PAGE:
Note that fifteen of the Twenty Foresight Functions identified earlier can be grouped under the Leadership (Top Management) division in our three division model of the firm. These fifteen are relatively balanced across the four core executive departments: Top Management (4 functions), Metrics & Planning (5 functions), Security (3 functions), and Human Resources (3 functions). As said earlier, foresight may arise and be initially championed by anyone in the firm, but it is ultimately the leadership (top management team) that determines how much and where foresight is used in most organizations, especially over the long term.

Without strong foresight capacity and commitment at the top, its survival at the departmental level will always be uncertain, and its value unclear. Foresight consultants who understand this, and who do careful assessment of top management’s foresight culture, can strike at the root of foresight problems in many companies, rather than doing work that ends up being ignored, unimplemented, unnecessary, or otherwise a waste of effort. As mentioned in Chapter 1, there is often declining marginal value and growing marginal cost to the use of any particular foresight skill or method. Knowing when you’ve done enough is as important as knowing when and where to start. It is top leadership that must continually frame the foresight work to be done, decide whether marginal foresight is worth pursuing, and assess its real value after the fact.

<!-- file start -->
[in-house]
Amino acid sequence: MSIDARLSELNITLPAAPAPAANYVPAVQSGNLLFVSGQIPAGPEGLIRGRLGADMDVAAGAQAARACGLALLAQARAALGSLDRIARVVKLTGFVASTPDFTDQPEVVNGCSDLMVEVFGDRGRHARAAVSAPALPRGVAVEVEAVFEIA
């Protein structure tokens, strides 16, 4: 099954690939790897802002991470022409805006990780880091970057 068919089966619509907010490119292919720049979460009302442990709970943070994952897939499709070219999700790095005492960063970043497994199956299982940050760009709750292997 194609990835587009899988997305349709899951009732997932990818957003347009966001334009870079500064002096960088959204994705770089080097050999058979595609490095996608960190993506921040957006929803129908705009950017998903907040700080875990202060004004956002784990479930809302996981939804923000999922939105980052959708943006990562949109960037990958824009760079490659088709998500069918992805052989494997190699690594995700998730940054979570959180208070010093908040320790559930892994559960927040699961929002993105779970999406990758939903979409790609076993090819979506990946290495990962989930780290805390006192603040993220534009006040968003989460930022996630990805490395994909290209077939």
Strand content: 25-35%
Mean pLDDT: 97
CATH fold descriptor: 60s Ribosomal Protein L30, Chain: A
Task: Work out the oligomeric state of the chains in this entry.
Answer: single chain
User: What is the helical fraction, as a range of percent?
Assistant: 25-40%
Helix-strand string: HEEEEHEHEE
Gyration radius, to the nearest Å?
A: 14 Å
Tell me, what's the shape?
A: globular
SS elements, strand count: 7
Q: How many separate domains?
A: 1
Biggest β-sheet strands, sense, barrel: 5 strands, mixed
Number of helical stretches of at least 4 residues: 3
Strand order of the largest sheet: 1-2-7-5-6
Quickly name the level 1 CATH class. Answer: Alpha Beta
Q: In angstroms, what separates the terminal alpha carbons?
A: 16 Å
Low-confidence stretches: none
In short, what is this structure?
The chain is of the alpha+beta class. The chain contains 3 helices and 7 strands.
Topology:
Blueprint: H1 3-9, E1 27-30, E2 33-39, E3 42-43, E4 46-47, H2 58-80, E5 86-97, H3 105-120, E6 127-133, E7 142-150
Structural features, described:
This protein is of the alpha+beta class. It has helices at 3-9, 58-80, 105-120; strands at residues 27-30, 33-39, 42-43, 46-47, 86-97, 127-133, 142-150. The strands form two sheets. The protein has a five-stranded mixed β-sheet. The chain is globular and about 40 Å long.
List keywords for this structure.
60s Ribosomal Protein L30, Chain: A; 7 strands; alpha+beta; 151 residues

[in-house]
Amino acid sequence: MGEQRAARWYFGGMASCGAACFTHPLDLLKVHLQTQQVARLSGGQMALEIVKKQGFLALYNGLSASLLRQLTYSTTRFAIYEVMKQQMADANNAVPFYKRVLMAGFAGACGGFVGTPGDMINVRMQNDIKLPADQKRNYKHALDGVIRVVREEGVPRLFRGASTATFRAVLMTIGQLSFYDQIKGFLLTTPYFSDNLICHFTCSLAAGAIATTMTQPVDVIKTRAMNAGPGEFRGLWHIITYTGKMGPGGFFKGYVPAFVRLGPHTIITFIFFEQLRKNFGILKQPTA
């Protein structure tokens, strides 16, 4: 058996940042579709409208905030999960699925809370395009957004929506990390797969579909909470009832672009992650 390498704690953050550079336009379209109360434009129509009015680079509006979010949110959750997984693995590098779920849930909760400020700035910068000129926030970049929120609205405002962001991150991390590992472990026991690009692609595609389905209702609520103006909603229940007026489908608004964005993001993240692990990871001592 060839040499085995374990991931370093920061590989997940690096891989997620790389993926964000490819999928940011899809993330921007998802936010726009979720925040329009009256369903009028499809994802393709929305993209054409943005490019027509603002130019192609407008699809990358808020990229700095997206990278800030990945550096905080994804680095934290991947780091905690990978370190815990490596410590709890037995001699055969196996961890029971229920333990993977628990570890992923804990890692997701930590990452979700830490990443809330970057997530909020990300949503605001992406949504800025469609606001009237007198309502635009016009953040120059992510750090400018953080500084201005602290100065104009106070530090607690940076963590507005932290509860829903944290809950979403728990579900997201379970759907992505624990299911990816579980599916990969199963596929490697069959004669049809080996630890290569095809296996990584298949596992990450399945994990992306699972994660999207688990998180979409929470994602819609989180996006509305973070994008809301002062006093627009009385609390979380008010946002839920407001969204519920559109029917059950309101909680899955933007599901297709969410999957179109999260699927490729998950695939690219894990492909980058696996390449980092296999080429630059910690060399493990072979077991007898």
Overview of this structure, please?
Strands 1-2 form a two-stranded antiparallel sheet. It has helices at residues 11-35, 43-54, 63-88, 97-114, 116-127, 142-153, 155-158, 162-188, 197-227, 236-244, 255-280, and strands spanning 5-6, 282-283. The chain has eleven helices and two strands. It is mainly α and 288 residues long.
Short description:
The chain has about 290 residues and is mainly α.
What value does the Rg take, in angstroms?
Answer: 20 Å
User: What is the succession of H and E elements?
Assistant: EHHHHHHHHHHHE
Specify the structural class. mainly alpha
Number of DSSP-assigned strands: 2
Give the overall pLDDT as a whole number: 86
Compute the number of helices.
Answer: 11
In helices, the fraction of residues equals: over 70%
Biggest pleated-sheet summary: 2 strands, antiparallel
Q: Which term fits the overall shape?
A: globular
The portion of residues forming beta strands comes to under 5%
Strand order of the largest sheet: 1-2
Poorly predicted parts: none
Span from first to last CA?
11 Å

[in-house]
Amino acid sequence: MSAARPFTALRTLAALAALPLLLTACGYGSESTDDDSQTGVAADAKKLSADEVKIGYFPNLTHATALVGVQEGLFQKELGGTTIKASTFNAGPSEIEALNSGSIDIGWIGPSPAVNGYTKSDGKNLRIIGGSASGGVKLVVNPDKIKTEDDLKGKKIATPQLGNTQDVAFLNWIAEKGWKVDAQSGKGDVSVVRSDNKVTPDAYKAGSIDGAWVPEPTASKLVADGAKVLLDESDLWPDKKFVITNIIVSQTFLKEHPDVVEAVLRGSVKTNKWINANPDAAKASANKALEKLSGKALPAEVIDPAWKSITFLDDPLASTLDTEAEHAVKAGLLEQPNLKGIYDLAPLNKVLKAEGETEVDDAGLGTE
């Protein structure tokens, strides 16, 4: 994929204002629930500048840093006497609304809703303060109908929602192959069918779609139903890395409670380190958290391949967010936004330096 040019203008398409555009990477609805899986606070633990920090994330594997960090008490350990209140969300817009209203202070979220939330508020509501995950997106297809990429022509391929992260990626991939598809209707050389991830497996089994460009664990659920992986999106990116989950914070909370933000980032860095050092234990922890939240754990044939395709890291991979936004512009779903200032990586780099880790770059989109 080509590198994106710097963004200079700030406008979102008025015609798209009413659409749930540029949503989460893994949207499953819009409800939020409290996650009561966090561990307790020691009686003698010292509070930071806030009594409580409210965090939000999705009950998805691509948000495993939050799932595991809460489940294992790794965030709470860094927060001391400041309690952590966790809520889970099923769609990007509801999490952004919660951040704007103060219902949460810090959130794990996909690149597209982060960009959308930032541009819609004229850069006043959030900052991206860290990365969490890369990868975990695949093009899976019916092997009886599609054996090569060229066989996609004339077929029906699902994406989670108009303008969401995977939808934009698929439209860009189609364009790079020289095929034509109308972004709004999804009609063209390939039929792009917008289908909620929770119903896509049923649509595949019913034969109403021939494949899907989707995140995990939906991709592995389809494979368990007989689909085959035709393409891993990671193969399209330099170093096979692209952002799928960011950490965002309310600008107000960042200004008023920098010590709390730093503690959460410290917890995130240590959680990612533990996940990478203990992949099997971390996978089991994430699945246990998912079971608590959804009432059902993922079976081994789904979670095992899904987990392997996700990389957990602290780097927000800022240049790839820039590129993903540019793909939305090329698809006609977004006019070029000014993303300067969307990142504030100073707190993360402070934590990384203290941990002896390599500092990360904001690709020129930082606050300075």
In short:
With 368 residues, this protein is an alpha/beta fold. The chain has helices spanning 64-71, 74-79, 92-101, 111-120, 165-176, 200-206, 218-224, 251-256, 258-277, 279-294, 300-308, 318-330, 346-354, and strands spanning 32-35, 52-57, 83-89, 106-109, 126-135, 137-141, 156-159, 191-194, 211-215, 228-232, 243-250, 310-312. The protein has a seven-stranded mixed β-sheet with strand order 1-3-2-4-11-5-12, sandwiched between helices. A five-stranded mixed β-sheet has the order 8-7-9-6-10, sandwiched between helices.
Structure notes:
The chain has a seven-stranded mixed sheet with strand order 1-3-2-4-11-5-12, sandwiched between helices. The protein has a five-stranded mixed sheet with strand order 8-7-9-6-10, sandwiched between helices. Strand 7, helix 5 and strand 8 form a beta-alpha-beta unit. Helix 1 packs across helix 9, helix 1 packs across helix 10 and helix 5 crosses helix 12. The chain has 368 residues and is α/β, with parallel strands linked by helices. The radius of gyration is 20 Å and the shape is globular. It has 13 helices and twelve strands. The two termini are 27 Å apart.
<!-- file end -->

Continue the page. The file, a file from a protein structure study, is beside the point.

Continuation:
Let’s explore each of the twelve departments a bit more now, and briefly discuss the Twenty Functions and related foresight activities in their departmental contexts. We’ll return to the Twenty again in Chapter 4, as we consider them in the context of Adaptive Foresight, our preferred model for professional foresight work.